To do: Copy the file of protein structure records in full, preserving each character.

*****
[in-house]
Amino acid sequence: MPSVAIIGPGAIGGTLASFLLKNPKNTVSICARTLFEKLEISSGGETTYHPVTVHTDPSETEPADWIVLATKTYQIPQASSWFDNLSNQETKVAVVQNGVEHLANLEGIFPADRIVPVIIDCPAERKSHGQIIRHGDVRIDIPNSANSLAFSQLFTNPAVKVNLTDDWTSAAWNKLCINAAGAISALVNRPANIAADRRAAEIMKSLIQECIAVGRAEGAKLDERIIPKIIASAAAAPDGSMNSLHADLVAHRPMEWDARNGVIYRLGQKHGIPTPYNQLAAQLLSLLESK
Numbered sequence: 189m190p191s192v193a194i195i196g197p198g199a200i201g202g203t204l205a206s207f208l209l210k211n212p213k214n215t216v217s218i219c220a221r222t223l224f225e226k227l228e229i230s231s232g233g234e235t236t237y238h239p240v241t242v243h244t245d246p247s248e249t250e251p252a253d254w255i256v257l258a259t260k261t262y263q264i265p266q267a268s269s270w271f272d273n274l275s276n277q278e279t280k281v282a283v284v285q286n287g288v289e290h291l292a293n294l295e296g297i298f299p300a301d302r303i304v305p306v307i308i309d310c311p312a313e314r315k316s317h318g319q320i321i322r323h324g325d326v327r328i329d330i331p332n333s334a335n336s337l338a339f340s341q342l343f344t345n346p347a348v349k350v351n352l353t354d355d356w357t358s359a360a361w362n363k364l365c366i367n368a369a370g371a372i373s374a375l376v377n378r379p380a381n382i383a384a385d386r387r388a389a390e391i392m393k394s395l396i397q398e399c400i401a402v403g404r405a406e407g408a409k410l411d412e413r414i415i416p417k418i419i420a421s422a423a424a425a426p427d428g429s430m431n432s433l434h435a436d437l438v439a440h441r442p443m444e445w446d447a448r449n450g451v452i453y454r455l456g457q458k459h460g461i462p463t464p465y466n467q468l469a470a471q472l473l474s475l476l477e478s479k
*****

[in-house]
Amino acid sequence: MPSVAIIGPGAIGGTLASFLLKNPKNTVSICARTLFEKLEISSGGETTYHPVTVHTDPSETEPADWIVLATKTYQIPQASSWFDNLSNQETKVAVVQNGVEHLANLEGIFPADRIVPVIIDCPAERKSHGQIIRHGDVRIDIPNSANSLAFSQLFTNPAVKVNLTDDWTSAAWNKLCINAAGAISALVNRPANIAADRRAAEIMKSLIQECIAVGRAEGAKLDERIIPKIIASAAAAPDGSMNSLHADLVAHRPMEWDARNGVIYRLGQKHGIPTPYNQLAAQLLSLLESK
Numbered sequence: 189m190p191s192v193a194i195i196g197p198g199a200i201g202g203t204l205a206s207f208l209l210k211n212p213k214n215t216v217s218i219c220a221r222t223l224f225e226k227l228e229i230s231s232g233g234e235t236t237y238h239p240v241t242v243h244t245d246p247s248e249t250e251p252a253d254w255i256v257l258a259t260k261t262y263q264i265p266q267a268s269s270w271f272d273n274l275s276n277q278e279t280k281v282a283v284v285q286n287g288v289e290h291l292a293n294l295e296g297i298f299p300a301d302r303i304v305p306v307i308i309d310c311p312a313e314r315k316s317h318g319q320i321i322r323h324g325d326v327r328i329d330i331p332n333s334a335n336s337l338a339f340s341q342l343f344t345n346p347a348v349k350v351n352l353t354d355d356w357t358s359a360a361w362n363k364l365c366i367n368a369a370g371a372i373s374a375l376v377n378r379p380a381n382i383a384a385d386r387r388a389a390e391i392m393k394s395l396i397q398e399c400i401a402v403g404r405a406e407g408a409k410l411d412e413r414i415i416p417k418i419i420a421s422a423a424a425a426p427d428g429s430m431n432s433l434h435a436d437l438v439a440h441r442p443m444e445w446d447a448r449n450g451v452i453y454r455l456g457q458k459h460g461i462p463t464p465y466n467q468l469a470a471q472l473l474s475l476l477e478s479k